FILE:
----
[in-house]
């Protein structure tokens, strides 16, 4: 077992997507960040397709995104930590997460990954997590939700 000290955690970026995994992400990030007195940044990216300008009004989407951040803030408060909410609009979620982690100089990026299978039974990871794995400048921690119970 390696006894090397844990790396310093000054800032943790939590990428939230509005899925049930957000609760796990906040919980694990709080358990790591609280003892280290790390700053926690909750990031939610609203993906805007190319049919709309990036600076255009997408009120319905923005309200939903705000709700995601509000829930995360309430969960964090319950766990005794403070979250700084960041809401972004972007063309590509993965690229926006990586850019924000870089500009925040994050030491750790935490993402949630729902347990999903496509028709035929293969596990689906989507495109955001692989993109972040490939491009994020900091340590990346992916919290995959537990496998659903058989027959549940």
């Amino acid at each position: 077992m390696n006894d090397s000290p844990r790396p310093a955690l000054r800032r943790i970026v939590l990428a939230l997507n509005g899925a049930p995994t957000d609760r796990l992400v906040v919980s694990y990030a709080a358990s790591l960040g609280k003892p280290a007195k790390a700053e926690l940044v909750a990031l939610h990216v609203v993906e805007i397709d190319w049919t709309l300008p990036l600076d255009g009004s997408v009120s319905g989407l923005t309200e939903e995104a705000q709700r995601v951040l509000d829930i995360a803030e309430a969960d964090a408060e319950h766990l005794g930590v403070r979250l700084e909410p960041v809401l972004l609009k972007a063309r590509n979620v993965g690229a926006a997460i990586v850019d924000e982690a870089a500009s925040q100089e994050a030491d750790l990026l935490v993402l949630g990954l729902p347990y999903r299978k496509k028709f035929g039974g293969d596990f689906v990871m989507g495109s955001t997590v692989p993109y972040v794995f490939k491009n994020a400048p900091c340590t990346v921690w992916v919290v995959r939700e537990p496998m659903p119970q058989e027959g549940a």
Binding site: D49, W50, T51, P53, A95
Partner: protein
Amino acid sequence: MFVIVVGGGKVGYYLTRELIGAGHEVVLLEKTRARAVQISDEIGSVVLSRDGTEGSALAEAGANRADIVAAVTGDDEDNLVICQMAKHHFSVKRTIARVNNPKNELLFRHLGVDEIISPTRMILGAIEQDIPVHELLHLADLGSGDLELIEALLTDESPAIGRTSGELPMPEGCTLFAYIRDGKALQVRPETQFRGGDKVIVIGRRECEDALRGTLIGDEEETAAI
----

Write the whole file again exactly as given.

[in-house]
């Protein structure tokens, strides 16, 4: 077992997507960040397709995104930590997460990954997590939700 000290955690970026995994992400990030007195940044990216300008009004989407951040803030408060909410609009979620982690100089990026299978039974990871794995400048921690119970 390696006894090397844990790396310093000054800032943790939590990428939230509005899925049930957000609760796990906040919980694990709080358990790591609280003892280290790390700053926690909750990031939610609203993906805007190319049919709309990036600076255009997408009120319905923005309200939903705000709700995601509000829930995360309430969960964090319950766990005794403070979250700084960041809401972004972007063309590509993965690229926006990586850019924000870089500009925040994050030491750790935490993402949630729902347990999903496509028709035929293969596990689906989507495109955001692989993109972040490939491009994020900091340590990346992916919290995959537990496998659903058989027959549940």
């Amino acid at each position: 077992m390696n006894d090397s000290p844990r790396p310093a955690l000054r800032r943790i970026v939590l990428a939230l997507n509005g899925a049930p995994t957000d609760r796990l992400v906040v919980s694990y990030a709080a358990s790591l960040g609280k003892p280290a007195k790390a700053e926690l940044v909750a990031l939610h990216v609203v993906e805007i397709d190319w049919t709309l300008p990036l600076d255009g009004s997408v009120s319905g989407l923005t309200e939903e995104a705000q709700r995601v951040l509000d829930i995360a803030e309430a969960d964090a408060e319950h766990l005794g930590v403070r979250l700084e909410p960041v809401l972004l609009k972007a063309r590509n979620v993965g690229a926006a997460i990586v850019d924000e982690a870089a500009s925040q100089e994050a030491d750790l990026l935490v993402l949630g990954l729902p347990y999903r299978k496509k028709f035929g039974g293969d596990f689906v990871m989507g495109s955001t997590v692989p993109y972040v794995f490939k491009n994020a400048p900091c340590t990346v921690w992916v919290v995959r939700e537990p496998m659903p119970q058989e027959g549940a």
Binding site: D49, W50, T51, P53, A95
Partner: protein
Amino acid sequence: MFVIVVGGGKVGYYLTRELIGAGHEVVLLEKTRARAVQISDEIGSVVLSRDGTEGSALAEAGANRADIVAAVTGDDEDNLVICQMAKHHFSVKRTIARVNNPKNELLFRHLGVDEIISPTRMILGAIEQDIPVHELLHLADLGSGDLELIEALLTDESPAIGRTSGELPMPEGCTLFAYIRDGKALQVRPETQFRGGDKVIVIGRRECEDALRGTLIGDEEETAAI